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A mandatory two-way report between a landlord and tenant has several benefits. For starters, if the tenant balks at reviewing reports side-by-side, this could be an indication they may be challenging down the road. Second, it provides a written and binding rental agreement that can be consulted later in the event of property damage disputes. Third, it gives you even more time to assess how the tenant takes responsibility and initiative — all win-wins on how to avoid bad tenants.

Conduct Regular Rental Site Inspections

Last but not least, it is essential to set up and maintain an annual or biannual rental unit inspection.

These inspections are not meant to be intimidating or overbearing for your tenants. They’re a way to discourage nightmare tenants from applying to live in your properties. Instead, occasional site inspections are meant to bolster mutual respect for space, both on your end and the tenant’s. Good tenants understand this.

Ensure you provide written documentation and advanced notice of your site inspection schedule with tenants, then stick to it. While many landlords conduct a standard 24-hour’s inspection notice, you can set yourself apart and further emphasize the responsibility you bear as a landlord by having a set inspection schedule. While under certain circumstances, landlords can enter residencies without that 24-hour notice or set schedule, these cases are rare and not something you want to operate under.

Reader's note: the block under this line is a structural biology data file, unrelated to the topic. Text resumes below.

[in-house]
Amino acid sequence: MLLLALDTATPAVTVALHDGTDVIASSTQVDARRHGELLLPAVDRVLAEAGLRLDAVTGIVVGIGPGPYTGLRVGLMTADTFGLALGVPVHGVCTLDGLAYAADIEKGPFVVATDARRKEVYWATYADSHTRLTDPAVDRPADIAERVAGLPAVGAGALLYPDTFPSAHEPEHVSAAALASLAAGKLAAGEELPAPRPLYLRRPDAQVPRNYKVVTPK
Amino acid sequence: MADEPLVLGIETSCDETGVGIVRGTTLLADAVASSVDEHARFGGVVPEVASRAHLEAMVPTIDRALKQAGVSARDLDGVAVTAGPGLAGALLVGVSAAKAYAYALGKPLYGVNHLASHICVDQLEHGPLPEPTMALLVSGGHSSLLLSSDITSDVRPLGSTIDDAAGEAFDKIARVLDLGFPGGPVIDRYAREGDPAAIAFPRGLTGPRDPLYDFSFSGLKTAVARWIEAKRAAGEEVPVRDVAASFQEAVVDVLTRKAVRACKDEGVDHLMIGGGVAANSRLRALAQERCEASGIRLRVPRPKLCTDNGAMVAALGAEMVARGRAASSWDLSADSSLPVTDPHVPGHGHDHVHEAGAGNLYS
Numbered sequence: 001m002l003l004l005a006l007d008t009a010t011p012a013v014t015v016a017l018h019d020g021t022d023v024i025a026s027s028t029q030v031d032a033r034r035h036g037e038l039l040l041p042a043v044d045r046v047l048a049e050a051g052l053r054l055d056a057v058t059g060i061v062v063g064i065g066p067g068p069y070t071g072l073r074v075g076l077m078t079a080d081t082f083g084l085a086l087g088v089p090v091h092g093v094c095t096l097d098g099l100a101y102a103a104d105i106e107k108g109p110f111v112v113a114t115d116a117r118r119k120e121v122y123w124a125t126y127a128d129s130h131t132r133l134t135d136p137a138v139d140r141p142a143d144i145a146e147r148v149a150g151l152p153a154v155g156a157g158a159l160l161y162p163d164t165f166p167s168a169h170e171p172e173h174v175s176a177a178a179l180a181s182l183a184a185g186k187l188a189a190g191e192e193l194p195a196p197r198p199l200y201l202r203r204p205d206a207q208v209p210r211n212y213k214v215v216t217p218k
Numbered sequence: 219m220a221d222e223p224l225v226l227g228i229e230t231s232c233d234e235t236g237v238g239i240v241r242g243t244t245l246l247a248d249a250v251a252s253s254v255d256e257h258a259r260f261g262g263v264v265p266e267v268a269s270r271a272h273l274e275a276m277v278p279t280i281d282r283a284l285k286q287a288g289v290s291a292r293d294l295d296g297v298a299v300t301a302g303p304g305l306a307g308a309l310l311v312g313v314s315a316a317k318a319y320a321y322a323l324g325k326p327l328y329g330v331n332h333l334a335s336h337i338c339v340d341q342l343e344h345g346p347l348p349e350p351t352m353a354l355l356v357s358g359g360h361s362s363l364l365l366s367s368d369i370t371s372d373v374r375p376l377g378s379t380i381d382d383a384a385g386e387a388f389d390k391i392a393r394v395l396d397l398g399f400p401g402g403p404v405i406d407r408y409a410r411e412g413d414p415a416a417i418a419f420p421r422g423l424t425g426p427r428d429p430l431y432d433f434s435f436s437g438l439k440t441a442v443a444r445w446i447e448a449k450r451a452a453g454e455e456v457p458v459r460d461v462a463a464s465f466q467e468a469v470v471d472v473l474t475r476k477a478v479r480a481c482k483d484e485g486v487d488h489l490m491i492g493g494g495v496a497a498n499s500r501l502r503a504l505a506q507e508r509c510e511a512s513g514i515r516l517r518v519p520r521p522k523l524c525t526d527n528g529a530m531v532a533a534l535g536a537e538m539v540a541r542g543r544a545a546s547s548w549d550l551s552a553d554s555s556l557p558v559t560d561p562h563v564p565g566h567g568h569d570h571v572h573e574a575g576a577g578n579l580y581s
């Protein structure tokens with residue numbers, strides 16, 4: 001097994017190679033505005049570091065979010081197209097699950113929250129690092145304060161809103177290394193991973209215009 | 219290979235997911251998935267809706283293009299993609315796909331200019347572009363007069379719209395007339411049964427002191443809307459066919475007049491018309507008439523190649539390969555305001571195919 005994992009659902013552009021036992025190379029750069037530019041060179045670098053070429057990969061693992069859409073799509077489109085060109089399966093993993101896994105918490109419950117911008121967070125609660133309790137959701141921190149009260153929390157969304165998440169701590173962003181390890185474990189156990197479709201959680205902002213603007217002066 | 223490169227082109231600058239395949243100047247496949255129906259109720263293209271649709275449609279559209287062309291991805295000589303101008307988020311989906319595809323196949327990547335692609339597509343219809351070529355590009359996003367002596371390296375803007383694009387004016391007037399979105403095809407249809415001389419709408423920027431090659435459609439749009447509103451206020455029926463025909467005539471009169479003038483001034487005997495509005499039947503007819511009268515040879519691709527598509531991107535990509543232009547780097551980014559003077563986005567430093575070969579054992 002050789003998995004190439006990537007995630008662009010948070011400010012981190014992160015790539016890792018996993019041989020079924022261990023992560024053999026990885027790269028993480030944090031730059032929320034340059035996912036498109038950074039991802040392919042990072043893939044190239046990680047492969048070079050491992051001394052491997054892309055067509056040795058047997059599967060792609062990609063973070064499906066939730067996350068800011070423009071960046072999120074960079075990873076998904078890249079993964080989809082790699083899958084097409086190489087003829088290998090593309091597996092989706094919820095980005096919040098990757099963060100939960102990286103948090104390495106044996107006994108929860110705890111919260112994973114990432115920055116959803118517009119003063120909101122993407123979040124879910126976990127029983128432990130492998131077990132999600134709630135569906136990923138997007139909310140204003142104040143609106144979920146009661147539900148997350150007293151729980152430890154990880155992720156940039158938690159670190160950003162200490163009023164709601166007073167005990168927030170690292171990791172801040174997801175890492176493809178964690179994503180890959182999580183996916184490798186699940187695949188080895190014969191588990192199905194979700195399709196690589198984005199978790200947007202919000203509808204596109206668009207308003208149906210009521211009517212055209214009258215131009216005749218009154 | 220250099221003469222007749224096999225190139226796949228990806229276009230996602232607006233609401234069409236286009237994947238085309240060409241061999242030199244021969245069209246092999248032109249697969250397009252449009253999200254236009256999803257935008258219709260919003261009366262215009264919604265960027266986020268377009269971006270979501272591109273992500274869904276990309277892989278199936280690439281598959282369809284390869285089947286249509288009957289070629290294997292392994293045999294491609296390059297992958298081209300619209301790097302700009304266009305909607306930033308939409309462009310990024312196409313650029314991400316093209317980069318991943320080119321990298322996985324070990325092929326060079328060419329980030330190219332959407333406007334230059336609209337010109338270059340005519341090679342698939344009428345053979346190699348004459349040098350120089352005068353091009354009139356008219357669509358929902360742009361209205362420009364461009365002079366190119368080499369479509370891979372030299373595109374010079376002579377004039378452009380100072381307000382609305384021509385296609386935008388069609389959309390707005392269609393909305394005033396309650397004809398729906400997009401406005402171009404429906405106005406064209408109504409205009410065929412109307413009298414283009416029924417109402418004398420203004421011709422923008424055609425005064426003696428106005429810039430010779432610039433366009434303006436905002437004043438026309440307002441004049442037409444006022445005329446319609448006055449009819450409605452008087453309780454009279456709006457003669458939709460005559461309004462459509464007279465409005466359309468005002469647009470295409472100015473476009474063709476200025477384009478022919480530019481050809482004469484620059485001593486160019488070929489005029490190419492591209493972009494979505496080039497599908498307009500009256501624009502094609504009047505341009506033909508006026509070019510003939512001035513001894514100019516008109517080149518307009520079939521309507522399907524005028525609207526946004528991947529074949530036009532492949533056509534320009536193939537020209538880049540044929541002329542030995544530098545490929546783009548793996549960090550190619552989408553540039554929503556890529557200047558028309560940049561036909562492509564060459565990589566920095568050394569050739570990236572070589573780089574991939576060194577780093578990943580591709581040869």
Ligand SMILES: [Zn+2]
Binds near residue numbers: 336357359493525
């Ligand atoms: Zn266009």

Partner With a Property Management Company With Experience in Tenant Relations

Whether you’re new to real estate investing or an experienced investor, finding a property management partner will assist you with nearly every aspect of tenant applications, screenings and lease drafting. It will lend greater peace of mind for all parties involved.

Opt for property management companies located where your properties are. Local rental management companies are more familiar with state and local property statutes, fair housing laws, taxes, ordinances, legal advice, real estate investment logistics, and more, which vary by region. MJS Construction Group has the best range of home builders Melbourne services to help you create your dream house.

You’ll also want to note their portfolio of managed properties. A company with a vested history in commercial real estate, not residential rentals or single-family homes, is likely not the right fit for you. They can also provide the following services to lighten the daily load of your current landlord obligations:

  • Thorough tenant screenings, including background checks, credit reports and eviction history
  • Property accounting services, from managing rental payments to municipal account payments
  • Written lease preparation with accredited legal counsel and advice
  • Maintenance and emergency repairs, ideally around the clock